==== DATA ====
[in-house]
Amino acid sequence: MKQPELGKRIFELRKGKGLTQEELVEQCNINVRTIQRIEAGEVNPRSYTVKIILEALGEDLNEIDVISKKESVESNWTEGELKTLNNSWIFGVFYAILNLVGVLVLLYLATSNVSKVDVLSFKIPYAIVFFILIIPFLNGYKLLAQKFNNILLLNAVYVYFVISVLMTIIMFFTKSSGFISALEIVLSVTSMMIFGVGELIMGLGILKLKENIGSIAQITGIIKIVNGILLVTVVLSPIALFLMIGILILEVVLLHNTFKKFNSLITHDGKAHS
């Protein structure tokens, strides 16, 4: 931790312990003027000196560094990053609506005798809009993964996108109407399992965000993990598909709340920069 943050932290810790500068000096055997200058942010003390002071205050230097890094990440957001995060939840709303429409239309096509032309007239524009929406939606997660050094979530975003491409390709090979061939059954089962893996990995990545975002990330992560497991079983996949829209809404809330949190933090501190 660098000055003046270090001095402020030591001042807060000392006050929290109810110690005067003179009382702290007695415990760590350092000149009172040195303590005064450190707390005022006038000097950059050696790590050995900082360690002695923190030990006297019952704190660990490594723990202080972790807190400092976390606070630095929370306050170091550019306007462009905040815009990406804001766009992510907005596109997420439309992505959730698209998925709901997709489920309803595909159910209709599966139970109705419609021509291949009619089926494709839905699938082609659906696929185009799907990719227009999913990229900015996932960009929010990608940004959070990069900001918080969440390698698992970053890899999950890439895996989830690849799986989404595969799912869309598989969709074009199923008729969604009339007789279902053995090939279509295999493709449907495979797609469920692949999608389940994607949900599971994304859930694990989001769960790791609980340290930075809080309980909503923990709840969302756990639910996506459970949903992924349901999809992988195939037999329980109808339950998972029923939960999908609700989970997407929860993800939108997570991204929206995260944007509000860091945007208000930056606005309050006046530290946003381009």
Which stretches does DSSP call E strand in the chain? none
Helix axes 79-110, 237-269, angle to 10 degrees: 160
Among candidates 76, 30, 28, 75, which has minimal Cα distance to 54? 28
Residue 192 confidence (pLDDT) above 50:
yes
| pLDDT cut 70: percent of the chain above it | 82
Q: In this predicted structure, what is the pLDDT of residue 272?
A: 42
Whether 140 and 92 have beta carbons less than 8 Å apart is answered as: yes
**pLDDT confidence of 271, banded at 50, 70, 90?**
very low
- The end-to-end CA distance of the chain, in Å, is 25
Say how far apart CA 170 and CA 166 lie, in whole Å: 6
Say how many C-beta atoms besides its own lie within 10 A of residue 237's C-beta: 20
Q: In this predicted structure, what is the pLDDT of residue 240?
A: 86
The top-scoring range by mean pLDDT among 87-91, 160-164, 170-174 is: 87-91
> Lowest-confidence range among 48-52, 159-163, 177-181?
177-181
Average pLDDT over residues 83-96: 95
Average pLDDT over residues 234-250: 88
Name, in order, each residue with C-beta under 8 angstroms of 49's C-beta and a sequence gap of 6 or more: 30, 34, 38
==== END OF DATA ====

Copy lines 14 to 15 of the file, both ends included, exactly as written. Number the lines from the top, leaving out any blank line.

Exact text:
very low
- The end-to-end CA distance of the chain, in Å, is 25